Speak to you soon,
Taff Reader's Mystery Badge
I believe Taff's picture shows a 'modernised' version of HMS Vernon's original badge, later replaced with the more familiar item as displayed below:
HMS Vernon badges - old and not so old
Some months ago, ex-WOMEA(M)1 Bruce Buckland (former MEO of HMS Brecon, HMS Middleton and I/C FSU 02) sent me a picture of a larger cast metal version of Taff's mystery badge which he has kept for the past 30 years. Apparently, it was once mounted on Vesuvius building, home of the Portsmouth Craft Group on Maintenance Jetty in HMS Vernon. He didn’t know the original colour of the background so he painted it blue. From the look of Taff's picture, perhaps it should have been red, or even green?
Bruce Buckland's badge
Can anyone shed any further light such as when the old Vernon badge was replaced by the new one? I think it must have been either 1946 when the Anti-Submarine branch moved from HMS Osprey at Portland and combined with the Torpedo branch at HMS Vernon to form the Torpedo Anti-Submarine (TAS) branch, or some time after 1955 because one of my histories of HMS Vernon, published in 1955, shows the old badge on its front cover. Please send any responses to me via my webmaster e-mail address.
2 Oct 07 - From our foreign correspondent
This comment has been spotted on the Daily Telegraph's website:
"As a retired Minewarfare and Clearance Diving Officer currently living in Florida after serving for over 33 years, I am appalled at this headline. During my career I saw many cutbacks which could be attributed to current political trends, or the "good ideas brigade", however, to plan for a zero Mine Countermeasures Vessel (MCMV) capability is beyond my comprehension. The use of MCMVs in the Middle East for the last 20 odd years most likely saved many valuable assets. Remember that the USN almost lost 2 capital warships to mines during the Iran/Iraq conflict. To read such disturbing news "on-line" in your excellent publication, makes me even more thankful that I am a) Retired and b) Living in Florida!!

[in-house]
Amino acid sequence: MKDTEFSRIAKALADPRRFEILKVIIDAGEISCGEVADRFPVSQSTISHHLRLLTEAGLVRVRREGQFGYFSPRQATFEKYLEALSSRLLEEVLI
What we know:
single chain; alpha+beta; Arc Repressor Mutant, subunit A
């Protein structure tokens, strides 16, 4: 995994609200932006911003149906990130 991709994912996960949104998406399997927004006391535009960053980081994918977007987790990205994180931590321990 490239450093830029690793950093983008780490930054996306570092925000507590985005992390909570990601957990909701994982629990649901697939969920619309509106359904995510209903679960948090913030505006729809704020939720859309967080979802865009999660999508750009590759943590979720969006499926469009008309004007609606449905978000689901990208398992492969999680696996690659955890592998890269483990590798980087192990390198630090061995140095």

Posted by Nigel G Hill on September 30, 2007 1:41 AM"
1 Oct 07 - Navy News Items
The following MCD-related items from the October issue of Navy News include:
The involvement of HMS Bangor in a Russian memorial service off Ayrshire.
Training with the Bahrain Defence Force by HMS Blyth.
The award of the Soberton Trophy to HMS Quorn.
SeaFox trials by HMS Cattistock.
The enforced landing of Junior Rabbit Grobblington from HMS Gavinton 30 years ago when MCDOA member Bernie Bruen was her First Lieutenant.
A letter about the participation of the repair ship MV Stena Seapread and her embarked Naval Parties NP 1810 (led by FCPO(D) John Dadd) and NP 2010 (led by FCPO(D) Don 'Jimmy' Green) in the Falklands conflict.
The award of the George Cross to WW II naval bomb disposal personnel Sub Lt Jack Easton RNVR and Ord Seaman Bennett Southwell.